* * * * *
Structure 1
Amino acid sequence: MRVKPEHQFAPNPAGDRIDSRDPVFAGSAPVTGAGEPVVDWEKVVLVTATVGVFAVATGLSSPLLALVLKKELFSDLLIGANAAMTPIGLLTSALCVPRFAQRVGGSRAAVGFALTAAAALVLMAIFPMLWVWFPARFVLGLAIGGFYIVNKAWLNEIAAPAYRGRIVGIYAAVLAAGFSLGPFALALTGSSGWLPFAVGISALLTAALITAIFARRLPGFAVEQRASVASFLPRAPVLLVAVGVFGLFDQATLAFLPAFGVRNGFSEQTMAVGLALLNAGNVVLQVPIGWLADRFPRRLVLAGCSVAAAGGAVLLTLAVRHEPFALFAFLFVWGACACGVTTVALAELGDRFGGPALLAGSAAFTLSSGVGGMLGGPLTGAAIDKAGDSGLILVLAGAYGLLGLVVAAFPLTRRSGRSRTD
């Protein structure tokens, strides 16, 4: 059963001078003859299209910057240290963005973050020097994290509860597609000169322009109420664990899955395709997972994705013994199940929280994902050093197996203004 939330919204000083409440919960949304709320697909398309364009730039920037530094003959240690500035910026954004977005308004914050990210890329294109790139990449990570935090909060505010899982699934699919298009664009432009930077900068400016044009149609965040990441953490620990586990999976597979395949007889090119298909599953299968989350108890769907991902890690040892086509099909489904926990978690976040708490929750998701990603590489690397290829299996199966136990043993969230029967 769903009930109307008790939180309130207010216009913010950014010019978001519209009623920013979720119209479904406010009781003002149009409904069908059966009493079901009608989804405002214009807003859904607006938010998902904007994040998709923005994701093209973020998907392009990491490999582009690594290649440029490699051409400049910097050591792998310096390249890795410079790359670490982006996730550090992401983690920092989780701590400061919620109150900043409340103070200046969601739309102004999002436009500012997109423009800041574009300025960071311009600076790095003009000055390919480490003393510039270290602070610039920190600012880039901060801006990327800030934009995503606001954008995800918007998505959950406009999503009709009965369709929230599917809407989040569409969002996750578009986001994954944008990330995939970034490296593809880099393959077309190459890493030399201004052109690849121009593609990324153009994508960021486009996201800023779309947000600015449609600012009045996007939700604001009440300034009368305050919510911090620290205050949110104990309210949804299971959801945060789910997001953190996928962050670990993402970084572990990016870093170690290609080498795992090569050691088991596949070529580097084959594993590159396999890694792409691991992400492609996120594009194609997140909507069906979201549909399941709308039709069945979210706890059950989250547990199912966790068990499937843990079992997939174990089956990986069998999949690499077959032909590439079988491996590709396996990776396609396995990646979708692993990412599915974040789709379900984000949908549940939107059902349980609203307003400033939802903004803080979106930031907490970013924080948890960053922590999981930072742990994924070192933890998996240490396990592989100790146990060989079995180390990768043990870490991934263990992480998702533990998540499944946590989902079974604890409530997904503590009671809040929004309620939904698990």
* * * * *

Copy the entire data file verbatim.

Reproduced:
Structure 1
Amino acid sequence: MRVKPEHQFAPNPAGDRIDSRDPVFAGSAPVTGAGEPVVDWEKVVLVTATVGVFAVATGLSSPLLALVLKKELFSDLLIGANAAMTPIGLLTSALCVPRFAQRVGGSRAAVGFALTAAAALVLMAIFPMLWVWFPARFVLGLAIGGFYIVNKAWLNEIAAPAYRGRIVGIYAAVLAAGFSLGPFALALTGSSGWLPFAVGISALLTAALITAIFARRLPGFAVEQRASVASFLPRAPVLLVAVGVFGLFDQATLAFLPAFGVRNGFSEQTMAVGLALLNAGNVVLQVPIGWLADRFPRRLVLAGCSVAAAGGAVLLTLAVRHEPFALFAFLFVWGACACGVTTVALAELGDRFGGPALLAGSAAFTLSSGVGGMLGGPLTGAAIDKAGDSGLILVLAGAYGLLGLVVAAFPLTRRSGRSRTD
């Protein structure tokens, strides 16, 4: 059963001078003859299209910057240290963005973050020097994290509860597609000169322009109420664990899955395709997972994705013994199940929280994902050093197996203004 939330919204000083409440919960949304709320697909398309364009730039920037530094003959240690500035910026954004977005308004914050990210890329294109790139990449990570935090909060505010899982699934699919298009664009432009930077900068400016044009149609965040990441953490620990586990999976597979395949007889090119298909599953299968989350108890769907991902890690040892086509099909489904926990978690976040708490929750998701990603590489690397290829299996199966136990043993969230029967 769903009930109307008790939180309130207010216009913010950014010019978001519209009623920013979720119209479904406010009781003002149009409904069908059966009493079901009608989804405002214009807003859904607006938010998902904007994040998709923005994701093209973020998907392009990491490999582009690594290649440029490699051409400049910097050591792998310096390249890795410079790359670490982006996730550090992401983690920092989780701590400061919620109150900043409340103070200046969601739309102004999002436009500012997109423009800041574009300025960071311009600076790095003009000055390919480490003393510039270290602070610039920190600012880039901060801006990327800030934009995503606001954008995800918007998505959950406009999503009709009965369709929230599917809407989040569409969002996750578009986001994954944008990330995939970034490296593809880099393959077309190459890493030399201004052109690849121009593609990324153009994508960021486009996201800023779309947000600015449609600012009045996007939700604001009440300034009368305050919510911090620290205050949110104990309210949804299971959801945060789910997001953190996928962050670990993402970084572990990016870093170690290609080498795992090569050691088991596949070529580097084959594993590159396999890694792409691991992400492609996120594009194609997140909507069906979201549909399941709308039709069945979210706890059950989250547990199912966790068990499937843990079992997939174990089956990986069998999949690499077959032909590439079988491996590709396996990776396609396995990646979708692993990412599915974040789709379900984000949908549940939107059902349980609203307003400033939802903004803080979106930031907490970013924080948890960053922590999981930072742990994924070192933890998996240490396990592989100790146990060989079995180390990768043990870490991934263990992480998702533990998540499944946590989902079974604890409530997904503590009671809040929004309620939904698990």